Only two years after graduating from college, I became the editor of my church’s monthly newsletter. It didn’t take long to learn that I couldn’t please everyone all of the time. Writers complained that I was too ruthless in editing their articles, while my assistant editor complained that I was too lenient. No matter what I did, somebody would inevitability be unhappy with me.
I learned to live with the displeasure of others.
As a blogger, I’ve had to draw from that lesson I learned as an editor, particularly because I frequently write about discernment. Usually, the criticism I receive rolls off my back — I pretty much know that someone who defends a false teacher won’t be convinced by anything I write unless the Holy Spirit uses my words to guide her into Scripture.
And I, when I came to you, brothers, did not come proclaiming to you the testimony of God with lofty speech or wisdom. 2 For I decided to know nothing among you except Jesus Christ and him crucified. 3 And I was with you in weakness and in fear and much trembling, 4 and my speech and my message were not in plausible words of wisdom, but in demonstration of the Spirit and of power, 5 so that your faith might not rest in the wisdom of men but in the power of God. ~~1 Corinthians 2:1-5 (ESV)
Once in a while, however, I receive a comment that I think warrants a thoughtful response. The day after I injured my back, I received one such comment from a reader named Julie Dickey that has made me think through my blogging ministry a bit.
Debbie. I have been reading some of your posts and you seem to spend more time trashing other Christians theology than you do on the Bible. We are to be accepting with one another, not divisive. 1 Cor 1:10, Romans 12:16-18, Titus 3:9-11
Certainly, I don’t think this woman has read The Outspoken TULIP to any great extent, given her premise that I spend more time exposing false teachers than I do on teaching the Bible. Has she seen the various Bible Studies that I’ve written? Has she grasped the central point of the Keys To Discernment Bible Study that I’ve been writing on Paul’s letter to the Colossians?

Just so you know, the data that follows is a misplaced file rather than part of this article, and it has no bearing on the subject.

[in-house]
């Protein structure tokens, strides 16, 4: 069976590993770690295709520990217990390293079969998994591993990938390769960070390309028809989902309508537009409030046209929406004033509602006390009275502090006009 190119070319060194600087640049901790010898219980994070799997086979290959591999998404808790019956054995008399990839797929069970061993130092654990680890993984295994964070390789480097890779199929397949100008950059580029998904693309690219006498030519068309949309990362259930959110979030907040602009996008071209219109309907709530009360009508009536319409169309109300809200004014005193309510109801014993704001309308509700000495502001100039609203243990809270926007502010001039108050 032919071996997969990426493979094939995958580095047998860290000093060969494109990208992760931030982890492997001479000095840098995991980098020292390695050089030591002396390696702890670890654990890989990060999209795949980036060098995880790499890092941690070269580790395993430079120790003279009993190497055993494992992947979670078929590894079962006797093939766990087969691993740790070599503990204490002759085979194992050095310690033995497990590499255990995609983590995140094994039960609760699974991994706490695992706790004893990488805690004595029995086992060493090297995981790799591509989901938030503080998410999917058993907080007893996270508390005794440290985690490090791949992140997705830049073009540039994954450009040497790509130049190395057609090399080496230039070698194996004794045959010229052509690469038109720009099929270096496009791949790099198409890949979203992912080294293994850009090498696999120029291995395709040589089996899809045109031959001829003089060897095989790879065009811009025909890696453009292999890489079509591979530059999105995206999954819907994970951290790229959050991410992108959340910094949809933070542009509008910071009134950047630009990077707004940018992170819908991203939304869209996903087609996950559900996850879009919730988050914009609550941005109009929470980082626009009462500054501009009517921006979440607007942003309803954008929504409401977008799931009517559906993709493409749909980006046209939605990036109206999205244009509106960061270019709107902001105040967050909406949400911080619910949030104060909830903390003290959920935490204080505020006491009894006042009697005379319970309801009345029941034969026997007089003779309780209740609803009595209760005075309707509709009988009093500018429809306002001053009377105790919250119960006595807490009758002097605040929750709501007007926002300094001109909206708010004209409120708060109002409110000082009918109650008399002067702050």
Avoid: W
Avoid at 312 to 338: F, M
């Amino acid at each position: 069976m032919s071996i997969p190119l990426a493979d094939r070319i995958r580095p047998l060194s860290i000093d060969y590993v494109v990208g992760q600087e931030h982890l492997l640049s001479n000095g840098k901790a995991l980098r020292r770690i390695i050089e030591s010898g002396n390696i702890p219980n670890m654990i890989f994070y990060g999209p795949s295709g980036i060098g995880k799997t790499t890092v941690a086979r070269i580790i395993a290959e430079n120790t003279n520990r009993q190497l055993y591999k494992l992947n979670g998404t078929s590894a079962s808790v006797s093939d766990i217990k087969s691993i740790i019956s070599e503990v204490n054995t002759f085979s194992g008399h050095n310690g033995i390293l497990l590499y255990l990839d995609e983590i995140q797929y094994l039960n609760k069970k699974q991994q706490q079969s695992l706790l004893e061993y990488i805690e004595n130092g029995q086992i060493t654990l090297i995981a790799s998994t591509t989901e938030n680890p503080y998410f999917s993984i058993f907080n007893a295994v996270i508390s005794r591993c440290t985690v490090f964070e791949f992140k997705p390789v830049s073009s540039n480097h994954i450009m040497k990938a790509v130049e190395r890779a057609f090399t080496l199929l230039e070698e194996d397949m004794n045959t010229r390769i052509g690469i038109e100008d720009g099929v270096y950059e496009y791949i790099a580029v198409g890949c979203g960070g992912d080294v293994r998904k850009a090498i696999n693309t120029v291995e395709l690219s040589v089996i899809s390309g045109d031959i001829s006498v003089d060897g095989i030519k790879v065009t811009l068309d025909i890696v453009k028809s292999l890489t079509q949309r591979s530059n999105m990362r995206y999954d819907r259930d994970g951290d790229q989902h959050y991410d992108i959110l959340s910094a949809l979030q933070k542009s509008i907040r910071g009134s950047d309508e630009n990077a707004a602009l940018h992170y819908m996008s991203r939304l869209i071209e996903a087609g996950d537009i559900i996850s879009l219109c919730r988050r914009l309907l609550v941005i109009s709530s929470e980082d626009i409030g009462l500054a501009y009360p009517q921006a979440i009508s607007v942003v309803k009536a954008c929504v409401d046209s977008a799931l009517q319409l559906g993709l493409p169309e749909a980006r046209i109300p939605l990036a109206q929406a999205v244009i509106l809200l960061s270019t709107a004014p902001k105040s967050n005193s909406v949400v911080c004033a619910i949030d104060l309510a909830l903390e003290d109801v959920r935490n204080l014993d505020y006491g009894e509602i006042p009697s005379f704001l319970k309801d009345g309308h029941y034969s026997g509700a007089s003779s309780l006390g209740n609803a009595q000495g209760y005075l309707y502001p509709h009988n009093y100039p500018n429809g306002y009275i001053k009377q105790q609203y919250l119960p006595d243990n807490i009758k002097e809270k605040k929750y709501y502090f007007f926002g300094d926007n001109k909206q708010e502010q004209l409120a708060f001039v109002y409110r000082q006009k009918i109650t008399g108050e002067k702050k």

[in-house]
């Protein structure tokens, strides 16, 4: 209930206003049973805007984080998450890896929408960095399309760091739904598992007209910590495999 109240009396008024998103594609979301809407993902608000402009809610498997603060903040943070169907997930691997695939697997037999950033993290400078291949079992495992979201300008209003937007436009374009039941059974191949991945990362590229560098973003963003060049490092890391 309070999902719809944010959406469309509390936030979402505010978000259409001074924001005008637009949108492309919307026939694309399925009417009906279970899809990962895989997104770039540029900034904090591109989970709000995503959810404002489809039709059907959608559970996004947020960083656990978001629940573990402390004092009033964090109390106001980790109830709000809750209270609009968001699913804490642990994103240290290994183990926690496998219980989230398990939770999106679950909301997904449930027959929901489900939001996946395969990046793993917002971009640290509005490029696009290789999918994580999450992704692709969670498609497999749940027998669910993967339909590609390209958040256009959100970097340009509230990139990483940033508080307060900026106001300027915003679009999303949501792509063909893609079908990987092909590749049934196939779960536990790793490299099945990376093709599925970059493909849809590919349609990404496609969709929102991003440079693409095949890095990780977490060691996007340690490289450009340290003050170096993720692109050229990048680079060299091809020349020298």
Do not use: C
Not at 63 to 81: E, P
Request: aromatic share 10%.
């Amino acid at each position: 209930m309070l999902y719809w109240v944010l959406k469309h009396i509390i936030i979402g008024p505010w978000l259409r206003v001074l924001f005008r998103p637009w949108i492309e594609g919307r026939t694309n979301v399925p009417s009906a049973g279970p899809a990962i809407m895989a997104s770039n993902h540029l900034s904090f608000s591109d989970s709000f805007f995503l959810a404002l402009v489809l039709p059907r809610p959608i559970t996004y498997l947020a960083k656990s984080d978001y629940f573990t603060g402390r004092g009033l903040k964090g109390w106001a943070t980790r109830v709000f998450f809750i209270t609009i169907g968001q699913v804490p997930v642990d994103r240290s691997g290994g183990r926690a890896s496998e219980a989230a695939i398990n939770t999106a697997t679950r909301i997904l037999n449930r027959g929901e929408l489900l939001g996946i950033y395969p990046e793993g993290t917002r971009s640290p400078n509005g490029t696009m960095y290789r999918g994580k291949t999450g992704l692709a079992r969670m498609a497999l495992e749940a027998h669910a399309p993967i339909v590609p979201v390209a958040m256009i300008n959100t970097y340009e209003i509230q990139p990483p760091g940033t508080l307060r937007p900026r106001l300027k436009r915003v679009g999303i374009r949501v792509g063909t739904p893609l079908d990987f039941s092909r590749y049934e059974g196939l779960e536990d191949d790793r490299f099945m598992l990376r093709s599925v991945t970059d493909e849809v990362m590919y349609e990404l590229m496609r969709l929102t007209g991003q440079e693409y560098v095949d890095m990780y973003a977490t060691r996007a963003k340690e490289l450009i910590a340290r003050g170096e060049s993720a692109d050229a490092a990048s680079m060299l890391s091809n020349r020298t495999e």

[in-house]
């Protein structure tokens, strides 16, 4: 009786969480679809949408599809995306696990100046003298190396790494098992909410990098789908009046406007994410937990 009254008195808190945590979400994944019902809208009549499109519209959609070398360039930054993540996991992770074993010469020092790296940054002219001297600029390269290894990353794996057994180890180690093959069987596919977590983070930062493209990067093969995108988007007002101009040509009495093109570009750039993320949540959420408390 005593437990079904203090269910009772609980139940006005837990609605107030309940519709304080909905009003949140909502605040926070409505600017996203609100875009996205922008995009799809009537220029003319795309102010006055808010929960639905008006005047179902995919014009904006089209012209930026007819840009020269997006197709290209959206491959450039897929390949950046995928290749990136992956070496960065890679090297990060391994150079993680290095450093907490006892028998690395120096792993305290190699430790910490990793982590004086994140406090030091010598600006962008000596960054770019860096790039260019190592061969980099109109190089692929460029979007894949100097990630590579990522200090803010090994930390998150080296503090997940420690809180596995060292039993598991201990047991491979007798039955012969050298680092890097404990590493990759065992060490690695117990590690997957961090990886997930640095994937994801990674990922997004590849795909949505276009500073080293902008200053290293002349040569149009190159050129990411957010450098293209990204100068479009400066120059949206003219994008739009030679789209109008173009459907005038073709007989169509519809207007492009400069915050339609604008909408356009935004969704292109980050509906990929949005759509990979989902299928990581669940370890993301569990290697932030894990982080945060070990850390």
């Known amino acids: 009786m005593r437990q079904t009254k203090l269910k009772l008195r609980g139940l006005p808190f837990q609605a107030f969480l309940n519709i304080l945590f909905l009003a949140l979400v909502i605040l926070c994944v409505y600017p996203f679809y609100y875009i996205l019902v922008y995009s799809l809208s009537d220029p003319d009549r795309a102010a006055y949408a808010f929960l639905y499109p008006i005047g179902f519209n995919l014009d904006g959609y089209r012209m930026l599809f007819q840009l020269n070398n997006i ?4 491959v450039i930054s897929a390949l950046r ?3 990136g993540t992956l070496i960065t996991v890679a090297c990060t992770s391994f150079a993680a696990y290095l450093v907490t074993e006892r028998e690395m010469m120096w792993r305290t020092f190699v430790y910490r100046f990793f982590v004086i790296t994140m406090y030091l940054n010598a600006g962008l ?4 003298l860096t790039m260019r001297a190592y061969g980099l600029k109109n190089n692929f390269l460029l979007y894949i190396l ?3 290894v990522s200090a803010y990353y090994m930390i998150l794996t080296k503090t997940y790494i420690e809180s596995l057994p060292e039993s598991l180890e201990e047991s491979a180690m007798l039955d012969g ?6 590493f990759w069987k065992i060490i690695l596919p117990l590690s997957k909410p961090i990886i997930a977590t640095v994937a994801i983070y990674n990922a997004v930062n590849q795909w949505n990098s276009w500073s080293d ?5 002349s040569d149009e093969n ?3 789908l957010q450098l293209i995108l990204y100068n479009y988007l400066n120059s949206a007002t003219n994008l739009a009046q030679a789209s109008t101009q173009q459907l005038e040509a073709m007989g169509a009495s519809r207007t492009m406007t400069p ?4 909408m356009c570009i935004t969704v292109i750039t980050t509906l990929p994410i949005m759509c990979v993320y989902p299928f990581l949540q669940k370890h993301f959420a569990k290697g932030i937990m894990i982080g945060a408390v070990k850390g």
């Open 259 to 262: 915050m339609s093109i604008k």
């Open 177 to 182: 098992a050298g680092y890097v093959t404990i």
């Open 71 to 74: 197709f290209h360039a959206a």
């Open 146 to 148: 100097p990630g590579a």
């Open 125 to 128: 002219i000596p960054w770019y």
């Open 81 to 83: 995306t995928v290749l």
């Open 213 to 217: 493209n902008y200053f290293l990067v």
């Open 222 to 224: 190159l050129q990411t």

Others have recently called me to repent of my unwillingness to name false teachers, making Julie’s criticism just that much more perplexing. Obviously, I’m sinning no matter what I write! In a way, my inability to please readers on either side of the spectrum amuses me, and perhaps assures me that I’ve found a good middle ground.
Be that as it may, Julie cited three Scriptures to support her criticism of me. I appreciate her for doing so. In response, I intend to spend the next three blog posts examining the Scriptures she cited to determine whether or not those Scriptures apply to the work of calling out false teachers.
Before writing those articles, however, let’s clarify that I am not trashing other Christians. I take care to focus on their teachings and/or behaviors that deviate from sound doctrine. Even Titus 3:9-11 (which Julie herself brought up) instructs us to mark divisive people.
All the New Testament epistles except Philemon directly confront false teaching and false teachers. One can’t properly write about the Bible without reference to First Century heresies. Occasionally, Paul even mentions false teachers by name. Consider, for instance, his words in the first chapter of Titus:
10 For there are many who are insubordinate, empty talkers and deceivers, especially those of the circumcision party. 11 They must be silenced, since they are upsetting whole families by teaching for shameful gain what they ought not to teach. 12 One of the Cretans, a prophet of their own, said, “Cretans are always liars, evil beasts, lazy gluttons.” 13 This testimony is true. Therefore rebuke them sharply, that they may be sound in the faith, 14 not devoting themselves to Jewish myths and the commands of people who turn away from the truth. 15 To the pure, all things are pure, but to the defiled and unbelieving, nothing is pure; but both their minds and their consciences are defiled. 16 They profess to know God, but they deny him by their works. They are detestable, disobedient, unfit for any good work. ~~Titus 1:10-16 (ESV)
Please note that those of the circumcision party called themselves Christians, and many in the churches of Crete believed them to be Christians. Was Paul then trashing other Christians? Or was he urging Titus to purify the churches from doctrinal error?
We must be careful not to accept false teachers as fellow Christians simply because they possess a veneer of religion. If they teach things that deviate from God’s Word, they must be corrected and exposed before they pollute the Church.
Absolutely, we best battle false teaching by teaching the Word of God! Scripture equips us to discern truth from error, as I’ve been demonstrating in our study of Colossians. But sometimes we must name names in order to show people how Scripture refutes the plethora of false teachers and false teachings that infiltrate the 21st Century Church.
I’m sorry that attitude doesn’t please all of my readers.